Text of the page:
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Don’t fear the future. These are Powers have come to conjure the new musical golden age you’ve been waiting for—one of insistence, intensity, and light. And yes, you can dance to it. These Are Powers are known for the dissonance of their early recordings, a cacophony of rhythms and industrial/electronic experiments that recalled Throbbing Gristle one moment, DNA the next. Once rule-breakers, the band is now rewriting those rules with a newfound focus: behold All Aboard Future. Exotic, abstract, hand-crafted sounds—made, found and electronically born—underscore each of these nine songs. Some wail from Pat Noecker’s prepared bass; others stem from the idiosyncratic vocal and guitar style of Anna Barie. The two trade off vocal duties, and in the process dissonant sounds become melodies held together and torn apart in fits by Bill Salas’ electro-acoustic beats. At first listen, much of Salas’ rhythmic contribution sounds as if it could be pre-programmed, but these abstract rhythms are all performed live, interspersing nods to Timbaland with an appreciation for a car crash’s metal-on-metal grind. Fans of forward thinking sound creators such as Gang Gang Dance, Animal Collective and No Age should pay close attention.
Originally released in 2007, Terrific Seasons is These Are Powers’ first full-length album. Terrific Seasons takes off with a punk-like ferocity, recalling the halcyon days of Silver Apples and Throbbing Gristle. It is a poly-rhythmic, frantic, unconventional work that finds These Are Powers utilizing border-line conventional song structures to harness their abstract sounds. From the urgency of opener “You Come With Nothing” to the anthemic croon of “Little Sisters of Beijing,” the distant and sinister meditative sounds of “Drawing Water” and to the sprawling jams of “Pizza Master Ice Cream Palace,” the band covers a tremendous amount of ground throughout their debut.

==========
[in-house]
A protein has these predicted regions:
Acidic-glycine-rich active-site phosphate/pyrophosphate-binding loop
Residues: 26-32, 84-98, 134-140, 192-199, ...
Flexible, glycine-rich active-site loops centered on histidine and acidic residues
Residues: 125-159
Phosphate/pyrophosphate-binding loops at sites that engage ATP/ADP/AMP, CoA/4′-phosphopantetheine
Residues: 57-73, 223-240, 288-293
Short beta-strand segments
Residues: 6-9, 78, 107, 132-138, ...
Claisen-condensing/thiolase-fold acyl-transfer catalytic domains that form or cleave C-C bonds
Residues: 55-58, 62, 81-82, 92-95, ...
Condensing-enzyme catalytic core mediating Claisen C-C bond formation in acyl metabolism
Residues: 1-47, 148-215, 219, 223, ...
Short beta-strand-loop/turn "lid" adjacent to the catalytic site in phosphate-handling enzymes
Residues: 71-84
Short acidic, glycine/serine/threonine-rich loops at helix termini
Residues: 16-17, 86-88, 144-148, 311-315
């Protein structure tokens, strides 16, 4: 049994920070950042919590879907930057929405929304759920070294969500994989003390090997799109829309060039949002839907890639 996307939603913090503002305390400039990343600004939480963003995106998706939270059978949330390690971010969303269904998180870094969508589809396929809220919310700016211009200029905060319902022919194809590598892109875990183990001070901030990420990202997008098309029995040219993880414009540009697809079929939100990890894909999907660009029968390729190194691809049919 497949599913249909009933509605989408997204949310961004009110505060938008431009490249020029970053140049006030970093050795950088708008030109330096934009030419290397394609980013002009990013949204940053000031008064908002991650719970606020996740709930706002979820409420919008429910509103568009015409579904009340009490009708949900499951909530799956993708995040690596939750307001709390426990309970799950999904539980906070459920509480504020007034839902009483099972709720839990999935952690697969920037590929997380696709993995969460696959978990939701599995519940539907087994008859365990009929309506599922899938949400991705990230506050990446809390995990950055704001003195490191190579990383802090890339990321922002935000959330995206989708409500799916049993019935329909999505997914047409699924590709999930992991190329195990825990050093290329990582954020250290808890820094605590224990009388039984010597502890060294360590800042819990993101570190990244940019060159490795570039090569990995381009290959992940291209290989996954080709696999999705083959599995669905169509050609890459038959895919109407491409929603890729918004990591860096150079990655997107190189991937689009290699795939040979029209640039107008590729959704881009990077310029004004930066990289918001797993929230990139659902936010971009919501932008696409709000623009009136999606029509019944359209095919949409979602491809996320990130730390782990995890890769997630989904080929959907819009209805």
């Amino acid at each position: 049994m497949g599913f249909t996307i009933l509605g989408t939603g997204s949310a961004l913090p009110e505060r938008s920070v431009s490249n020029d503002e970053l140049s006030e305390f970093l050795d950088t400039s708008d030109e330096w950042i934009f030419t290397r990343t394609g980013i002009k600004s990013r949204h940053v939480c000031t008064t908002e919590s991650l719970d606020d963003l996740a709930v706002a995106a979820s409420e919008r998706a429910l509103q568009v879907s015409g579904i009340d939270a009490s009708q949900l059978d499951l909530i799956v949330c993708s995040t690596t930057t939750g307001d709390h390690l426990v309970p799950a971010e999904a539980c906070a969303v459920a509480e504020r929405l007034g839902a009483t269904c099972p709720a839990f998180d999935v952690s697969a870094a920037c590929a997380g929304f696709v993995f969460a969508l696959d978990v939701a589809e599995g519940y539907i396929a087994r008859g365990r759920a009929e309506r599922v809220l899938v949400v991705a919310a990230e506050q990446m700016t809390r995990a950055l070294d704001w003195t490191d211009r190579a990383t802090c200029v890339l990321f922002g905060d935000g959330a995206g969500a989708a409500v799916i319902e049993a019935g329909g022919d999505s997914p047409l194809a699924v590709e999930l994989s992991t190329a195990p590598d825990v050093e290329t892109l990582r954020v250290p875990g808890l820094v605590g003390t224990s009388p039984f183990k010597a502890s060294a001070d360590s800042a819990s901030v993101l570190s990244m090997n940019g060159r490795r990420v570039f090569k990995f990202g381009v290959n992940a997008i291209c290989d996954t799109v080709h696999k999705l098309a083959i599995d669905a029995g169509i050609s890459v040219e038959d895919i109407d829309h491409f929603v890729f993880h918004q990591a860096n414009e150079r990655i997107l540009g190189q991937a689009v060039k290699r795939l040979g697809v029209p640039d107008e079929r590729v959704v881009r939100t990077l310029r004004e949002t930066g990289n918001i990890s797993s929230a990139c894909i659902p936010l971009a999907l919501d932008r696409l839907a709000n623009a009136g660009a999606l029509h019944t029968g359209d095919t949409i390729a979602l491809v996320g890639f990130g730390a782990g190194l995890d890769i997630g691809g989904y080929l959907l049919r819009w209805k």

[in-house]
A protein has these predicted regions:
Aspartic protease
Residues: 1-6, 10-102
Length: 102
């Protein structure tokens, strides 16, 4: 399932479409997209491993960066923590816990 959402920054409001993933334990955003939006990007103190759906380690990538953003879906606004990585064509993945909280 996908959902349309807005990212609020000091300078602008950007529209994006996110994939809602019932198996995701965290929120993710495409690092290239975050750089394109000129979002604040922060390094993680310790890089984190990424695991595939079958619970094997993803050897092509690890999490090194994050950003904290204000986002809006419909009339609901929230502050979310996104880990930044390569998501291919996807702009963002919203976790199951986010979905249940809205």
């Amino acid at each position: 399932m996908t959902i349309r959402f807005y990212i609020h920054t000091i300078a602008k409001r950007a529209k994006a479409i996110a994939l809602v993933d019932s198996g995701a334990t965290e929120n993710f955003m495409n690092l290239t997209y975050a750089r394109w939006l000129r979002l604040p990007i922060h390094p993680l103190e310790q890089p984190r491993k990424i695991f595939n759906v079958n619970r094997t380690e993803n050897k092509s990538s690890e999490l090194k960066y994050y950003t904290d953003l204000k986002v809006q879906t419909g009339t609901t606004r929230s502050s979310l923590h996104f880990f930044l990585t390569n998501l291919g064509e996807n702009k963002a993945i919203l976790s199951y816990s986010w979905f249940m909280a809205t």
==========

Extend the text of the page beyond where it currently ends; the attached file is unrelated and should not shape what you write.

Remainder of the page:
Taro Tarot is the finest document of These Are Powers’ prowess to date. Following the departure of original drummer Ted McGrath, Chicagoan Bill Salas brings together the bands’ musical ideas concisely and cohesively in just over 20 minutes. It is no easy feat, but on Taro Tarot, These Are Powers demonstrate to the world the power they wield. The low end undercurrent emanating from Noecker’s sub bass tones is like no sound you have ever heard from the four stringed instrument, while the tribal and primitive rhythm of “Chipping Ice” shows that while this band’s music is known to be a heavy sonic excursion, you can also fucking dance to it. The frequency-analyzed sounds of “Cockles” are a thing of beauty, while “Twin Remains” shares a melodic sensibility with SST-era Sonic Youth. These Are Powers pack an eclectic infinity into these six tracks, channeling far-flung musical ideas with their undeniable intuitive sense into an epic, focused statement. Upon one listen to Taro Tarot you will realize These Are Powers have arrived.